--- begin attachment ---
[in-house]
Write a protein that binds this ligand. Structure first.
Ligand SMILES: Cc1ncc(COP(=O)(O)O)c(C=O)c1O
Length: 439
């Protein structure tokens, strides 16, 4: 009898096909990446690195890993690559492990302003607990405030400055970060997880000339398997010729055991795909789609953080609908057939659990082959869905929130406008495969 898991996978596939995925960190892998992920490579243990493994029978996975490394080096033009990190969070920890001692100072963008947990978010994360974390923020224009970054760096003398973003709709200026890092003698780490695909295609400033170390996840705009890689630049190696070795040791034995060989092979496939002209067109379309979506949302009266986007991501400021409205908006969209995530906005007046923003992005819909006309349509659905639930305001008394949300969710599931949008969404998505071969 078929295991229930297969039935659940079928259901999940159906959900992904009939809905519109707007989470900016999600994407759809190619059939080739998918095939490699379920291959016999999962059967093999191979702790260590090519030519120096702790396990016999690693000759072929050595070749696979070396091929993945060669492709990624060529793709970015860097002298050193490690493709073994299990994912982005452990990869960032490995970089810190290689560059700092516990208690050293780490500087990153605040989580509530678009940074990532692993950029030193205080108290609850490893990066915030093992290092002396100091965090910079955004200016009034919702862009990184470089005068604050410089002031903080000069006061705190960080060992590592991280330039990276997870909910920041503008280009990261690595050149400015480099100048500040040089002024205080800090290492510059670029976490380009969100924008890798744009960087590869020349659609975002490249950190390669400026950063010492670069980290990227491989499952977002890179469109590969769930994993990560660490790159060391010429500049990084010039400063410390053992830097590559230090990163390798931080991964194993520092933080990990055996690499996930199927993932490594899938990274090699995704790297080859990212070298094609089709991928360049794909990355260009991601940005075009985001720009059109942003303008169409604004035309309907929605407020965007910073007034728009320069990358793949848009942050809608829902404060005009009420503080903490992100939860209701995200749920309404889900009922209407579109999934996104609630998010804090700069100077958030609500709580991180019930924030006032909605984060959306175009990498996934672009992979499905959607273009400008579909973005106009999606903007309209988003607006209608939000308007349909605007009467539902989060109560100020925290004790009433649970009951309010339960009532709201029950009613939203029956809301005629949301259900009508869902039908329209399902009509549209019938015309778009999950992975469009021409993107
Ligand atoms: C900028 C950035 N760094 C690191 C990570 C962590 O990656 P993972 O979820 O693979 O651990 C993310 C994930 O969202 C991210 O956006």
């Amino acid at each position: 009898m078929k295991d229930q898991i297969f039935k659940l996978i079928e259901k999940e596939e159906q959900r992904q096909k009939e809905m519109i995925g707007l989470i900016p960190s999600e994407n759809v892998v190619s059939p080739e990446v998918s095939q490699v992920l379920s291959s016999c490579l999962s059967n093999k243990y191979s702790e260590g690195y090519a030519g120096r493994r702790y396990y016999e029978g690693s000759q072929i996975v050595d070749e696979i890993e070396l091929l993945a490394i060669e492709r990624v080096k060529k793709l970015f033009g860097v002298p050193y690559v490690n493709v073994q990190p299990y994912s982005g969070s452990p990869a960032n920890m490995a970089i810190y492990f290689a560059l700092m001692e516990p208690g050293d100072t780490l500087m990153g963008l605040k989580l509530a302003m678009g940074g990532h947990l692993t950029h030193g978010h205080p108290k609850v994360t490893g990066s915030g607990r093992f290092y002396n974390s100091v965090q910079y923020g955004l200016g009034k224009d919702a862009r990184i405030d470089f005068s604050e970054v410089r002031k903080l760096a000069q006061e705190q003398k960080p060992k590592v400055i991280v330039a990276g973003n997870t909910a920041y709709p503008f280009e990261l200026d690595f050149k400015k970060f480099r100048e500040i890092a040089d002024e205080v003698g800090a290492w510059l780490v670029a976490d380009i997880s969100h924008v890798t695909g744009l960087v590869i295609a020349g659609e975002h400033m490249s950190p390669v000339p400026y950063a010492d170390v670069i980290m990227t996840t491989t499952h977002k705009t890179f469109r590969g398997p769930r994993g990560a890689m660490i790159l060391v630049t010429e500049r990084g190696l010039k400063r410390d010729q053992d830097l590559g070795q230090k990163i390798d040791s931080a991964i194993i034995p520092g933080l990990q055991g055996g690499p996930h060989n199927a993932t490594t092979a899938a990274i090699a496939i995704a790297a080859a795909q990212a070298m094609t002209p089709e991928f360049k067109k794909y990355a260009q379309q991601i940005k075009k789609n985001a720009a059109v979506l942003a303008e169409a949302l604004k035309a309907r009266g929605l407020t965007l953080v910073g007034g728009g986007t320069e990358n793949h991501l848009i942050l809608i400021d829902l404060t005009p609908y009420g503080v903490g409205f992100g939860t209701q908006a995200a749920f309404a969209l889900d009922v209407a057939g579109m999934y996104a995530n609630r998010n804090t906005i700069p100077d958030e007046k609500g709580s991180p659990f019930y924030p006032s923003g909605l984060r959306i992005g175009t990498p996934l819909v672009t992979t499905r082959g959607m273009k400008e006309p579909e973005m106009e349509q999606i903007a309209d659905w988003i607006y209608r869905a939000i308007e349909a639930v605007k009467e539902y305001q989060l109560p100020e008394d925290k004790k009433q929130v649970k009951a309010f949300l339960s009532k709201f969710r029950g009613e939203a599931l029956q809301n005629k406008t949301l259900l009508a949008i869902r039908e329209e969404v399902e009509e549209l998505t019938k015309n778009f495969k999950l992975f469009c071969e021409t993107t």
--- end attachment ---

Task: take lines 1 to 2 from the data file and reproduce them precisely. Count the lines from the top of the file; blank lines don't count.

[in-house]
Write a protein that binds this ligand. Structure first.